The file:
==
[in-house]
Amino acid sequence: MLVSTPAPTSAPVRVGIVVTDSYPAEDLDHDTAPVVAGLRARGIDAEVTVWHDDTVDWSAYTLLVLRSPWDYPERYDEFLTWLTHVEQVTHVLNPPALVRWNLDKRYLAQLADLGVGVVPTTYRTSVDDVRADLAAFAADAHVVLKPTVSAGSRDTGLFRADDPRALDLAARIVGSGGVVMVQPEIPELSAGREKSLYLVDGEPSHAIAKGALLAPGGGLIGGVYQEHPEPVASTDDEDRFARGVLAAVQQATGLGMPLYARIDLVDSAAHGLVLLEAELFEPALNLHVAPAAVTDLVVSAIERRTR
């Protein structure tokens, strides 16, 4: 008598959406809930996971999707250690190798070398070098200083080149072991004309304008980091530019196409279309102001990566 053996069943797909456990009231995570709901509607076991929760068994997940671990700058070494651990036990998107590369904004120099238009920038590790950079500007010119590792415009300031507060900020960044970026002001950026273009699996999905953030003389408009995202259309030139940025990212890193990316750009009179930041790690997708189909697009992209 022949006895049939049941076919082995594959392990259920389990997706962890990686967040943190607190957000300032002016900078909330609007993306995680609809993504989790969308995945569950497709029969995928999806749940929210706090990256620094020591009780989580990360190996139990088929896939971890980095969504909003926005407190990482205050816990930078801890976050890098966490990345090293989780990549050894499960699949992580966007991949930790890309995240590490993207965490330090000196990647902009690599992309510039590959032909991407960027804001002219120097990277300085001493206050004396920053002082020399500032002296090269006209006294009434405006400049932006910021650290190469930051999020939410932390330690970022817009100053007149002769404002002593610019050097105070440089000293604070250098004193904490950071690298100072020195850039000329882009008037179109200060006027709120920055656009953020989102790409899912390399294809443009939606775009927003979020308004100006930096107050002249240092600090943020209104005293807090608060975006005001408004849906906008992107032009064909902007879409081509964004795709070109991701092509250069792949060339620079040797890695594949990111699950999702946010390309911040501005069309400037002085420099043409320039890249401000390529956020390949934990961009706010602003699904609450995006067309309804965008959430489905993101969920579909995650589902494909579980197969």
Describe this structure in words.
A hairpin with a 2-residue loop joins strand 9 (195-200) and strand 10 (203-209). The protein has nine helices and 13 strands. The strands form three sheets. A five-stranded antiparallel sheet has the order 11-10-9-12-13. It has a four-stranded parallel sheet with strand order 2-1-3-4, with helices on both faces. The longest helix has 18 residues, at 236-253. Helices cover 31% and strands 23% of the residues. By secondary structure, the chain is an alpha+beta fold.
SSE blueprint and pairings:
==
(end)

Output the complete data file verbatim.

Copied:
[in-house]
Amino acid sequence: MLVSTPAPTSAPVRVGIVVTDSYPAEDLDHDTAPVVAGLRARGIDAEVTVWHDDTVDWSAYTLLVLRSPWDYPERYDEFLTWLTHVEQVTHVLNPPALVRWNLDKRYLAQLADLGVGVVPTTYRTSVDDVRADLAAFAADAHVVLKPTVSAGSRDTGLFRADDPRALDLAARIVGSGGVVMVQPEIPELSAGREKSLYLVDGEPSHAIAKGALLAPGGGLIGGVYQEHPEPVASTDDEDRFARGVLAAVQQATGLGMPLYARIDLVDSAAHGLVLLEAELFEPALNLHVAPAAVTDLVVSAIERRTR
């Protein structure tokens, strides 16, 4: 008598959406809930996971999707250690190798070398070098200083080149072991004309304008980091530019196409279309102001990566 053996069943797909456990009231995570709901509607076991929760068994997940671990700058070494651990036990998107590369904004120099238009920038590790950079500007010119590792415009300031507060900020960044970026002001950026273009699996999905953030003389408009995202259309030139940025990212890193990316750009009179930041790690997708189909697009992209 022949006895049939049941076919082995594959392990259920389990997706962890990686967040943190607190957000300032002016900078909330609007993306995680609809993504989790969308995945569950497709029969995928999806749940929210706090990256620094020591009780989580990360190996139990088929896939971890980095969504909003926005407190990482205050816990930078801890976050890098966490990345090293989780990549050894499960699949992580966007991949930790890309995240590490993207965490330090000196990647902009690599992309510039590959032909991407960027804001002219120097990277300085001493206050004396920053002082020399500032002296090269006209006294009434405006400049932006910021650290190469930051999020939410932390330690970022817009100053007149002769404002002593610019050097105070440089000293604070250098004193904490950071690298100072020195850039000329882009008037179109200060006027709120920055656009953020989102790409899912390399294809443009939606775009927003979020308004100006930096107050002249240092600090943020209104005293807090608060975006005001408004849906906008992107032009064909902007879409081509964004795709070109991701092509250069792949060339620079040797890695594949990111699950999702946010390309911040501005069309400037002085420099043409320039890249401000390529956020390949934990961009706010602003699904609450995006067309309804965008959430489905993101969920579909995650589902494909579980197969």
Describe this structure in words.
A hairpin with a 2-residue loop joins strand 9 (195-200) and strand 10 (203-209). The protein has nine helices and 13 strands. The strands form three sheets. A five-stranded antiparallel sheet has the order 11-10-9-12-13. It has a four-stranded parallel sheet with strand order 2-1-3-4, with helices on both faces. The longest helix has 18 residues, at 236-253. Helices cover 31% and strands 23% of the residues. By secondary structure, the chain is an alpha+beta fold.
SSE blueprint and pairings: